In 1972, I was 8 years old and there seemed to be something missing in my life. Most of my friends had a father who could participate in extracurricular activities. I watched as my friends and teammates would laugh with, get reassurance and have a good pat on the back from their fathers. I lost my father when I was only 3, and as I grew older, my mother realized I needed a male figure to help give me the kind of attention and encouragement that she, as a woman, could not provide. So in 1972 at a McDonald's in Decatur, I was introduced to the man who changed my life forever. He was a tall man with a demanding look and a deep voice. He was Bob Hope, my big brother in Big Brothers Big Sisters.
Bob was the public relations director for the Atlanta Braves and Atlanta Hawks . I was a sports nut and my mother was lucky enough to get me teamed up with a groundbreaker of the public relations sports industry. Bob soon took me under his wing, taking me to Braves games, Hawks games, Falcons games and even against his own best interest (because of the violent nature of hockey), a Flames game.
Over time, Bob became an icon in the Atlanta sports marketing industry while pulling off some of the greatest marketing stunts ever seen in history. I remember the Great Wallenda walking across Fulton County Stadium and the ostrich race with Ted Turner, the wet T-shirt contest before a Braves game (something I came to appreciate long after meeting Bob), and the greatest gate-entry gimmicks the sports world had ever seen. You might recall the Braves were horrible at the time; as the team's PR man, Bob had to get pretty creative to get fans to the game.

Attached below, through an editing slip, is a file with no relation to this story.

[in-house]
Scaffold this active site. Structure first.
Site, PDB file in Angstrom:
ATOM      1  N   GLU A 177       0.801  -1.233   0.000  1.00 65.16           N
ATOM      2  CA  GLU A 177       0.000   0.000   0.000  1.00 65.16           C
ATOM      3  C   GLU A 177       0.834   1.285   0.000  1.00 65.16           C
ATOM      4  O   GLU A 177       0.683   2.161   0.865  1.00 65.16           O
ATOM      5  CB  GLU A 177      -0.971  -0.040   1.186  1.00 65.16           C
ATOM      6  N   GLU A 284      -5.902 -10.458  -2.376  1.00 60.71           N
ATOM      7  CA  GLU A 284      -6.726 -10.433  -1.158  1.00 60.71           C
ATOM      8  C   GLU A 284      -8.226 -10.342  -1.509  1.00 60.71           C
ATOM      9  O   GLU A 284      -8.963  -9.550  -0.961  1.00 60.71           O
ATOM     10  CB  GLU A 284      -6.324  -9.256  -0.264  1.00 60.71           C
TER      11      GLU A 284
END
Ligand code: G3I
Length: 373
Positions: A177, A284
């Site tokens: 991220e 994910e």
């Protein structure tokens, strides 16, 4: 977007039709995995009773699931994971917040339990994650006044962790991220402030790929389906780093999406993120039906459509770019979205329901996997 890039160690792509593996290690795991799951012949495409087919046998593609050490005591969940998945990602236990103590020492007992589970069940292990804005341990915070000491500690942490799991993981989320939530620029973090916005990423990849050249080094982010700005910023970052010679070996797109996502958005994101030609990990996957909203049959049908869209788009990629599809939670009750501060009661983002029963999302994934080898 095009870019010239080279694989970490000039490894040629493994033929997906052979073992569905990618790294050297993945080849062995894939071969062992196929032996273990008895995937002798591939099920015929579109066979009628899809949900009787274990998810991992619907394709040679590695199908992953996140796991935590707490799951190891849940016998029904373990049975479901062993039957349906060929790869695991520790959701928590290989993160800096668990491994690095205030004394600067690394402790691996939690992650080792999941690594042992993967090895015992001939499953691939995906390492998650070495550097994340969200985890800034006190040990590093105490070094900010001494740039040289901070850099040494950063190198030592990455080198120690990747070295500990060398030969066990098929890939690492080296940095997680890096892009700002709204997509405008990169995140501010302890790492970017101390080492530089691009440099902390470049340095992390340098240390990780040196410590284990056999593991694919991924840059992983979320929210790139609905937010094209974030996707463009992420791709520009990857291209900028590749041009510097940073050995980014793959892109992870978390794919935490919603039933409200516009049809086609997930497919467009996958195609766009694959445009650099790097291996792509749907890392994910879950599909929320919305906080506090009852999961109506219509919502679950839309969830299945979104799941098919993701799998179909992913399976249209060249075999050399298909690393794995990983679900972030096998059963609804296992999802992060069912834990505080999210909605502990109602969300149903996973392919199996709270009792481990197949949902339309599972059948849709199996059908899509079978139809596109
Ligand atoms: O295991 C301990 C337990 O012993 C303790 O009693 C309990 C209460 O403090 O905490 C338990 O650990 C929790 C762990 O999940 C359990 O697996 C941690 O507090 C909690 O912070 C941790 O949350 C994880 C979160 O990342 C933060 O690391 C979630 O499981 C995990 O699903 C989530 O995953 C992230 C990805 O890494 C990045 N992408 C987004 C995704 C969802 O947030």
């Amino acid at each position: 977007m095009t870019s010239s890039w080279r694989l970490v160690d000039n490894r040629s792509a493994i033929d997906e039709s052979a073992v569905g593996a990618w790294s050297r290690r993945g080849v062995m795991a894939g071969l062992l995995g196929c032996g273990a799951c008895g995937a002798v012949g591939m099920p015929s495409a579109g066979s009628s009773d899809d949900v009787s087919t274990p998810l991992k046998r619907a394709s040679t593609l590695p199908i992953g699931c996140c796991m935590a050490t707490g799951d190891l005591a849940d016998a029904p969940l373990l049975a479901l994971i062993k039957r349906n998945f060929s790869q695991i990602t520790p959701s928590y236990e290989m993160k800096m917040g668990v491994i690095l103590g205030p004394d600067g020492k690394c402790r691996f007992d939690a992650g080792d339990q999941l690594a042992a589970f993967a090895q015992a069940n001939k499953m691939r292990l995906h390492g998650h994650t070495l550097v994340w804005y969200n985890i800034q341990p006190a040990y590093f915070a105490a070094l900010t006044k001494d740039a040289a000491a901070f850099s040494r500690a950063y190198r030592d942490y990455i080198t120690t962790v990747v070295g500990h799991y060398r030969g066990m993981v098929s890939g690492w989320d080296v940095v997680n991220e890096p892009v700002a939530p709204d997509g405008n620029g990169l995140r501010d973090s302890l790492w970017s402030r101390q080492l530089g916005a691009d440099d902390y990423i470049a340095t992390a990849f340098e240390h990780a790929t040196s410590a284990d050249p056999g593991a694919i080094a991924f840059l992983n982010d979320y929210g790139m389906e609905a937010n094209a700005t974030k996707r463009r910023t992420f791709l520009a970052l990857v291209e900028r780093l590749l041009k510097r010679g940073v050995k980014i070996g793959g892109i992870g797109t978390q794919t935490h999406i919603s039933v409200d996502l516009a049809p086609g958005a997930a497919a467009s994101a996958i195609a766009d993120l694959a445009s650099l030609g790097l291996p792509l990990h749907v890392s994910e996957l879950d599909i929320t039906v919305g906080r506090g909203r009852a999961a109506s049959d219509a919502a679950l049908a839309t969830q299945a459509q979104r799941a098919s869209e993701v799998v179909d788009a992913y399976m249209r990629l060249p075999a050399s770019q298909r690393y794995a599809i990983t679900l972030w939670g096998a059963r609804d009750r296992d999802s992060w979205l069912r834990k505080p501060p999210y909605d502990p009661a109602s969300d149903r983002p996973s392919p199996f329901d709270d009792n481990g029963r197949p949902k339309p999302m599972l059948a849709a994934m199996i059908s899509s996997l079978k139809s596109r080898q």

Bob's character, maturity, professionalism and mostly the desire to do it right always stuck with me, even as I struggled through my teen years. But I always remembered that Bob was watching me and that I could conquer any challenge.
I've learned Bob is still very successful and has established himself as one of the premier marketing geniuses. Bob would be proud to know that I also have successfully engineered a career that has made me a true success story. I graduated from the University of Tennessee at Chattanooga with a marketing degree, started at the bottom and worked my way up the career ladder until I have finally become one of the top sales executives for one of the largest legal information companies on the planet. More important, I completed my education as a family man with a wife and three children, two daughters and a son with whom I spend quality time, modeled by the male figure in my life --- my Big Brother.
January is Mentoring Month, an appropriate time for me to thank Bob for the time he took away from his own family, the time he took to inspire me to be the best, the time he took to entertain me and give me the direction I needed at the time I was most vulnerable.
There should be a Big Brothers Big Sisters Hall of Fame and Bob Hope should be inducted. Without the Big Brothers Big Sisters, who knows where my life may have ended up? I am so thankful that Bob was selfless enough to serve. He changed the odds for a little kid from Decatur. And for that, I'll always be thankful to him.
* Philip Lewis, a senior sales executive for a large legal information company, lives in Franklin, Tenn.